Introducing Metatokens

Vignesh

From the attributes of a single NFT, you can now create many NFTs. This opens up endless possibilities for NFT owners and those that seek to experience NFTs.  

Metatokens are NFTs created by tokenizing one or more ‘attributes’ of an NFT. 

Before we move further, metatokens are not to be confused with NFT shards, which allow partial ownership of an NFT to those that pay for it. In the case of metatokens, ownership is whole. What is shared is access, or the right to modify the NFT, in a controlled, conditional manner.   

Creating a metatoken is simple. The smart contracts, coded by Lendroid, are already on the mainnet. Some early and operational examples of metatokens are the ‘leasing or renting’ tokens you create with Rightshare.Lendroid.com. Do visit that site for a feel of what metatokens can do. 

Minting a metatoken is no different than minting any NFT. When you mint an NFT, you input an image or an audio clip or a 3D file, and out pops an NFT. In the case of metatokens, you input an NFT. 

The big question – why?

NFTs are tokenised experiences. Everything that they represent – from art to gaming asset, from a land parcel to an avatar, represents an experience. They have unique value because they carry within them infinite combinations of attributes. But what are experiences if they cannot be shared? As things stand, there are only two ways to share NFTs – you can either sell them, or gift them. In both cases, you give up ownership of the NFT. And if you’re on the other side, the only way you can ever experience what an NFT has to offer, is by buying it yourself, or convincing the owner to transfer ownership. 

And sharing need not be absolute. Some experiences are very personal and you only want to share a tiny part of them. For instance, if you own an AsyncArt piece, you might want to share with a friend the power to alter a layer, for a few days. Or share with a group of friends the right to alter only one state each of one layer. And some experiences are communal. Like sharing access to a live performance with a group of people willing to pay for it. It can be collaborative – like co-building on a plot of land, or even purely transactional – like trustless leasing.    

If NFTs are tokenised experiences, metatokens represent tokenised access.    

Kinds of Metatokens

The variety of metatokens is potentially limitless, as you will see in a while. However, we can broadly split them into two categories. 

  1. Encumbered Metatokens – Conditional, in other words. These are metatokens created by ‘freezing’ the ownership of the NFT in a smart contract. For instance, truly trustless leasing of an NFT. As long as you have paid for access to an NFT, the owner should not be able to revoke your access until the expiry period. At the same time, she will always be the owner, that won’t change either. And when the lease expires, the lessee loses access to the NFT.    
  2. Unencumbered Metatokens – No need to freeze or escrow the base NFT. Off the cuff, a timed collaboration, tickets that restrict access to just those who hold them, voting tokens to pick a mayor – say Conlan for Gangnam.    

If you want an airtight financial contract between two parties, encumbered metatokens are the way to go. If you want to simply explore the full range of possibilities with NFTs, let your imagination guide you into creating your own unencumbered tokens with your NFT. 

Here’s how it works 

Step 1: If you have an NFT, you upload it and ask yourself the following question –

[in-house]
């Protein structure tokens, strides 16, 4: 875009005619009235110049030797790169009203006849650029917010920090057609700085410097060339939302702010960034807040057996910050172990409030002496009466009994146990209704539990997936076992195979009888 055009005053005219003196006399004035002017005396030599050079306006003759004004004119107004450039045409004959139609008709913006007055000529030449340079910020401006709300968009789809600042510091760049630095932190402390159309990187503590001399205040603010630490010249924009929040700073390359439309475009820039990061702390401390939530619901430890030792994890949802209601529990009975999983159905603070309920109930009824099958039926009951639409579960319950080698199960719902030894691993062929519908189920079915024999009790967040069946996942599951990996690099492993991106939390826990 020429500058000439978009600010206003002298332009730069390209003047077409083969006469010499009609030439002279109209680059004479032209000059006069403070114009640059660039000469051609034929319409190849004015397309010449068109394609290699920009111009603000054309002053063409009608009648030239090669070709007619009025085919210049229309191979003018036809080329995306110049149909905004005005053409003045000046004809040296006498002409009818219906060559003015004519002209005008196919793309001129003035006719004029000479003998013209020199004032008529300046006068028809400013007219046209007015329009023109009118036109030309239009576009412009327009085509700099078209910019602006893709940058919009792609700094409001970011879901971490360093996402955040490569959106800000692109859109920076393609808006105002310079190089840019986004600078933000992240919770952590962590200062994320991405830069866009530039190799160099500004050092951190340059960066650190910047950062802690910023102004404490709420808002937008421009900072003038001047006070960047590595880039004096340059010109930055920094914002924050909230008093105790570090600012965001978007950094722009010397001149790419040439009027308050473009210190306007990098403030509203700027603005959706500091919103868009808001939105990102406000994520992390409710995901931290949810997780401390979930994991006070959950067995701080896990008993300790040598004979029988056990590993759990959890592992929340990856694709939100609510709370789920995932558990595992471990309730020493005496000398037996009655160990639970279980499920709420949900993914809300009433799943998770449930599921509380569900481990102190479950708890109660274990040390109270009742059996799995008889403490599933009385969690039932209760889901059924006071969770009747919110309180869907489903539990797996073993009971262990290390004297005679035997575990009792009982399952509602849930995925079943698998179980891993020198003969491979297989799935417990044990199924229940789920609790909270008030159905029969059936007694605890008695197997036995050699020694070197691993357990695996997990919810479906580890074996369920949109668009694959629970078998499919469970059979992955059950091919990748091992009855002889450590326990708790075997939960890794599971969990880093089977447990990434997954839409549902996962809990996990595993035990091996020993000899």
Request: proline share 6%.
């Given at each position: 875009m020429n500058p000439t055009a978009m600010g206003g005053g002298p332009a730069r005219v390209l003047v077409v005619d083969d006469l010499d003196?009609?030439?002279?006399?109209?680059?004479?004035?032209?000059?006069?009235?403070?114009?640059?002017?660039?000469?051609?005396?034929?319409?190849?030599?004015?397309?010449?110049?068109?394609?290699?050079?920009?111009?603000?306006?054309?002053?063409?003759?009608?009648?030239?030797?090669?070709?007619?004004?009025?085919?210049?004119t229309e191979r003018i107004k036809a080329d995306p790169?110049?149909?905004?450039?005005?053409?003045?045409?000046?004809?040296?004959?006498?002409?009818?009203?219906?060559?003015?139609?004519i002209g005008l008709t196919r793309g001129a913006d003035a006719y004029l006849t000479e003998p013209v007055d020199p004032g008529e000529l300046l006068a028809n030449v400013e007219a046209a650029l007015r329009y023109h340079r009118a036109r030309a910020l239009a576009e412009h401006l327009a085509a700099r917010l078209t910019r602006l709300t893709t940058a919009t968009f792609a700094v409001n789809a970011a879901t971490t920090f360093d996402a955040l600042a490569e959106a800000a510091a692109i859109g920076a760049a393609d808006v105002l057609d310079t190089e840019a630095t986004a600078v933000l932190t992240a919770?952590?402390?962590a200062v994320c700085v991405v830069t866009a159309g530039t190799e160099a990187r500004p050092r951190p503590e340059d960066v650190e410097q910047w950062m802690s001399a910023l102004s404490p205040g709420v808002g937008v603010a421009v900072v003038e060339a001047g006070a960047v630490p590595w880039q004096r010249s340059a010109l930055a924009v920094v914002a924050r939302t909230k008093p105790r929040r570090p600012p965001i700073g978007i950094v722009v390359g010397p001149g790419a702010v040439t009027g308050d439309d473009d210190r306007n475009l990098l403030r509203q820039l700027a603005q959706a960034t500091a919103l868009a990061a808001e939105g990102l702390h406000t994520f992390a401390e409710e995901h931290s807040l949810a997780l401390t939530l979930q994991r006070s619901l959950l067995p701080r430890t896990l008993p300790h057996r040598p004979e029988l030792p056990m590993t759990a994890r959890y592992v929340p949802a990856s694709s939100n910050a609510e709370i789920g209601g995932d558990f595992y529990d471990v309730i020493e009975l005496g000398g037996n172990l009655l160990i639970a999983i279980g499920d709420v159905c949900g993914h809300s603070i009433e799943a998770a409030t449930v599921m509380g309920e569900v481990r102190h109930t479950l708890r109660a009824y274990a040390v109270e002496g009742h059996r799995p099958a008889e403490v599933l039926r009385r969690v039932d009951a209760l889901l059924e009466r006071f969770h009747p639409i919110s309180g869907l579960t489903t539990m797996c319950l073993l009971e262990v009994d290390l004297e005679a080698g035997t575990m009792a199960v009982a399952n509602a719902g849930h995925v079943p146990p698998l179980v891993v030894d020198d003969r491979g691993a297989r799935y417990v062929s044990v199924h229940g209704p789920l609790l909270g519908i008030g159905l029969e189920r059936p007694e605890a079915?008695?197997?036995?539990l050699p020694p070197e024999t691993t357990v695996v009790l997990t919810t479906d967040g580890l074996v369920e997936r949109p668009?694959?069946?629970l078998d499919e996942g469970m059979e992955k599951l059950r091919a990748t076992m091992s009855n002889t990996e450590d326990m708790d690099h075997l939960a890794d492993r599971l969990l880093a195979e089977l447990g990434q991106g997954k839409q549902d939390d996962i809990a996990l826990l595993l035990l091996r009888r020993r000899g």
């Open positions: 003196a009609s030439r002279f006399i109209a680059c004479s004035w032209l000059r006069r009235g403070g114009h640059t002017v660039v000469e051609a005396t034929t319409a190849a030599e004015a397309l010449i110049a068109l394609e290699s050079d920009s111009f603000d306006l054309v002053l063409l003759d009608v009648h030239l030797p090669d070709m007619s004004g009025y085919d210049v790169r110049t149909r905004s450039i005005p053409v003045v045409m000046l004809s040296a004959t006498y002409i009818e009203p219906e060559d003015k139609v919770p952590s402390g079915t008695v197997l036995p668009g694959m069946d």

Do I want it encumbered or unencumbered? In other words, as long as the metatoken exists (a day, a month, an hour), do you want to freeze the ownership of your NFT in a smart contract?

If yes, then it’s Step 2A. If no, Step 2B

Step 2A: If you decide to freeze or lock up your NFT (which is a great idea when it comes to trustless leasing), you get an fToken or frozen token, which you can redeem for your original NFT at the end of expiry. If you haven’t created any other metatokens, you can redeem the original NFT at any time. 

Step 2B: You’re now on your way to minting an NFT that represents one or more attributes of the base NFT. You can customise the way it looks – add your own image, change the frame. You can customise what it can do – set an expiry, set other conditions that will give the holder of this metatoken exactly the level of access you want to share. 

{

A parenthesis on metadata – 

If all this talk of attributes sounds familiar, it is no accident. There has been a recent revolution in the space to try and capture as many details about the NFT on-chain as possible. Minting an NFT with metadata is an important step in this direction. The metadata not only acts as a record for the intended purpose of the NFT, it also captures the creator’s wishes for what he wants to happen with it. 

Metatokens effectively tokenize metadata. In other words, if metadata is the wish-list, then metatokens are how you make them happen. 

End parenthesis.

Step 3: Mint. 

dApp Owners’ Playground

For dApp owners, metatokens are a chance to craft their ‘infinite’ story. All NFT projects begin with a single core premise and the model either depends on scarcity of generative NFTs or a hike in value based on the popularity of sub-categories. This makes for a very thin economic model for the project, and could also mean evaporating interest for the end users. 

With metatokens, dApp owners can allow their NFT holders to create their own metatokens. They can decide what form those metatokens can take on their platforms. The NFT holders can create their metatokens from the templates that dApp owners provide. And over time, there can be more varied templates with richer and more granular functionality, creating an ever-evolving cycle  of utility.   

Leave a Reply

Your email address will not be published. Required fields are marked *